I've been drawing a lot of our native species, as you've likely noticed, so I thought it was time I put the completed list (to date) up here for the reference of anyone who might be interested in taking advantage of any of my Felt listings to acquire some. If anyone is interested, cards are $3 each, $2 each if you buy 9 or more, or cheaper still if you order any more than that. I have yet to estimate how much the entire set would cost - I do not even know how many I have done! but I will do a full set of the birds for $100, which is around $1.38 per card.

The cards in the image here are printed out on glossy photo paper using the 9-image setting, mounted on card (150 gsm) that is slightly less than 2.5 x 3.5 inches with an information sheet on the back; laminated and cut to slightly more than the 2.5 x 3.5 images. I am slowly growing in skill and confidence at using my laminator and guillotene and feel I can do a pretty decent job, but if in any case the lamination peels away, I will replace the cards affected free of charge.

Buyer can choose the colour of the backing card, but I recommend the light green above or a dull yellow. Some look good on blue, but others do not.

If you are interested in buying any, drop me an email or you can go through Felt:

Current species available:
V = Vertical format (portrait)
H = Horizontal format (landscape)
Most of the invertebrates could go either way

Kiwi H (this one is a slightly different format from the others)
Tawaki (Erect crested Penguin) V
Hoiho (Yellow eyed penguin) V
Little Blue V
Crested Grebe V
Dabchick H
Toroa (albatross) H
Titi - Cook's petrel H
White-fronted storm petrel (to come soon) V
Gannet V
Spotted Shag V
Pied Shag V
Kotuku V
White faced heron H
Spoonbill H
Blue Duck H
Brown Teal H
Paradise Duck H
Shoveller Duck H
Takahe H
Pukeko V
Weka H
Banded Rail H
Marsh Crake H
Australasian Coot H
Wrybill H
Variable Oystercatcher H
Banded Dotteral H
Pied Stilt V
Kaki (Black Stilt) V
Gull (Black billed) V
Black-Fronted tern H
Spurwing Plover H
Kereru V
Kea H
Kaka V
Kakapo H
Kakariki V
Long Tailed Cuckoo H
Shining Cuckoo H
Kahu (Harrier Hawk) V
New Zealand Falcon V
Morepork V
Kotare (Kingfisher) H
Rock Wren V
Rifleman V
Pippit V
Fernbird H
Tomtit (South Island) H
Robin (South Island) H
Black Robin H
Yellowhead V
Brown creeper V
Grey Warbler V
Tui H
Bellbird H
Stitchbird H
Kokako H
Saddleback H
Piwakawaka H
Silvereye H
Welcome Swallow H
Little Bittern (extinct) H
Auckland Island Merganser (extinct) H
False-toothed Pelican (extinct) V
Quail (extinct) H
Snipe (extinct) H
Whekau (laughing Owl) (extinct) V
Huia (extinct) V
Stephen Islands Wren (extinct) V
Piopio (extinct) V

Hooker Sea Lion H
Hector's Dolphin H
Long Tailed Bat H
Short Tailed Bat H

Tuatara H
Skink species x3 V, H,H
Gecko species x 3 V, H, H

Amphibians :
Hochstetter's Frog H
Archey's Frog H

Fish :
Gollum Galaxias V
Kokopu H
Long Finned Eel V
Tarakihi H
Butterfish H
Black Rockfish H
John Dory H
Pigfish H
Red Gurnard H
Leatherjacket H
Blue Shark H

Invertebrates :
Katipo Spider V
Square Ended Crab Spider V
Black Headed Jumping Spider V
New Zealand Grasshopper H
Mole Cricket H
Weta H
Chorus Cicada V
Praying Mantis H
Stick Insect V
Flax Weevil V
Huhu Beetle V
Manuka Beetle V
Flower Longhorn V
Helm's Stag Beetle V
Seashore Earwig H
Three Lined Hoverfly V
Red Admiral Butterfly H
Yellow Admiral Butterfly V
Copper Butterfly V
Common Blue Butterfly V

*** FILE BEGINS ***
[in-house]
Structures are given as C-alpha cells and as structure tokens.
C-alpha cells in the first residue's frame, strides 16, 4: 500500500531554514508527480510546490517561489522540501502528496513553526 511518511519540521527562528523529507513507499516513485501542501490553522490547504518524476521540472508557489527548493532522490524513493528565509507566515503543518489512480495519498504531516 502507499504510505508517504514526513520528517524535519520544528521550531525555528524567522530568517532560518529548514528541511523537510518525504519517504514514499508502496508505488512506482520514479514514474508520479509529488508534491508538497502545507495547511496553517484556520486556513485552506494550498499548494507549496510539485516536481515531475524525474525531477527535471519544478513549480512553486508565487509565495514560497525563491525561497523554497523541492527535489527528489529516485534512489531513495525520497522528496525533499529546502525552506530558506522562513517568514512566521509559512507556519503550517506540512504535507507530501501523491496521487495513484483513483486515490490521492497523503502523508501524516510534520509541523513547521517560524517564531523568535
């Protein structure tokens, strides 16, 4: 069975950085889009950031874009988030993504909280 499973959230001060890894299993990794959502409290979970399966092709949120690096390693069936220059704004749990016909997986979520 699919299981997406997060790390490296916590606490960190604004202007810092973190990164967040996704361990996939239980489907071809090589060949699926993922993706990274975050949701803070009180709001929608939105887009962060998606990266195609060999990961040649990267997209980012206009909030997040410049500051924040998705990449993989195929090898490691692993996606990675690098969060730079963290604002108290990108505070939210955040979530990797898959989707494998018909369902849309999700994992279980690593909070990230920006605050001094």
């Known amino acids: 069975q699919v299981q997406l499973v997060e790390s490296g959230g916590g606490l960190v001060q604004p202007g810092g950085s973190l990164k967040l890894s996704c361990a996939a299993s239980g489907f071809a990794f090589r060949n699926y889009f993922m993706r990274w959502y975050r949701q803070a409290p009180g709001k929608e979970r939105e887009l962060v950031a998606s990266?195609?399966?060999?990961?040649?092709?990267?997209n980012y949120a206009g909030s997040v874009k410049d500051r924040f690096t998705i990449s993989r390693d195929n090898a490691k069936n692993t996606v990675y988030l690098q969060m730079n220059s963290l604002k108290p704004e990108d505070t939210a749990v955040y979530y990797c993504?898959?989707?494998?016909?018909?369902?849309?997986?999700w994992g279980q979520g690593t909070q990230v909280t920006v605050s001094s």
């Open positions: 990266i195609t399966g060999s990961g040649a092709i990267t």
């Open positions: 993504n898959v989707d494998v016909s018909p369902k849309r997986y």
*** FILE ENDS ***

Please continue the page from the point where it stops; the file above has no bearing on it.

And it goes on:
Monarch Butterfly V
Forest Ringlet Butterfly V
Magpie Moth H
Puriri Moth V
Purple peripatus H
Giant Snail H
Beaded Top Shell V
Kina V
Paddle crab H

Nz Lizards

New Zealand has a vast number of gecko and skink species - indeed, more are still being discovered. Thus choosing which ones to illustrate proved to be a bit of a challenge. They all look much the same in terms of shape and in many cases, colour, so I have selected some of the more common or widespread species. Many of the species also have different colour morphs, so whilst they are related genetically, the ones in Canterbury might look different from their North Island counterparts.

Our lizards are special in that they do not lay eggs - all but one of our gecko and skink species are viviparious. Because our conditions are colder than those of their tropical counterparts, retaining the eggs inside the body while they develop means that the female can move to a warmer position if the need requires. The one exception is the appropriately (if rather boringly) named Egg-laying skink (which is also semi-aquatic) which I have drawn on a previous occasion.

Geckos have large eyes and prehensile tails and live an aboreal existence. They have long, fleshy tongues and frequently lick their eyes as they are unable to close them. NZ has both nocturnal and diurnal species, but traditionally geckos are nocturnal. We have over 40 different species.

Skinks are sleek and lean, they move fast and are usually to be found on the ground, particularly amongst rotting wood or loose stones. They are active during the day. We have more than 50 different species.

Forest Gecko

Elegant Gecko

Common Skink

Scree Skink

As you can see, I find lizards more of a challenge to draw than birds or mammals, so there will likely be more of these before I complete my collection.

Thursday, April 21, 2011

Toreapango, the Variable Oystercatcher

There are two species of oystercatcher to be found in New Zealand. The South Island Pied (which also lives in the North Island, but doesn't breed there) and this fellow, the Variable Oystercatcher. Anyone who frequently beach walks should be familiar with these striking black and white (or just black) birds, and their strident alarm calls are a frequent sound. There are two colour morphs to the Variable - the pied and the pure black. Pied Variables can be distinguished from the SIPO by the less distinct band between the black and the white, which on the SIPO runs up the bird's shoulder as well. They are also slightly larger. Pure black birds are more common in the South Island than the North, but this speices is widespread across both. It favours a coastal habitat and is not found inland, although will forage in pasture that borders the coast.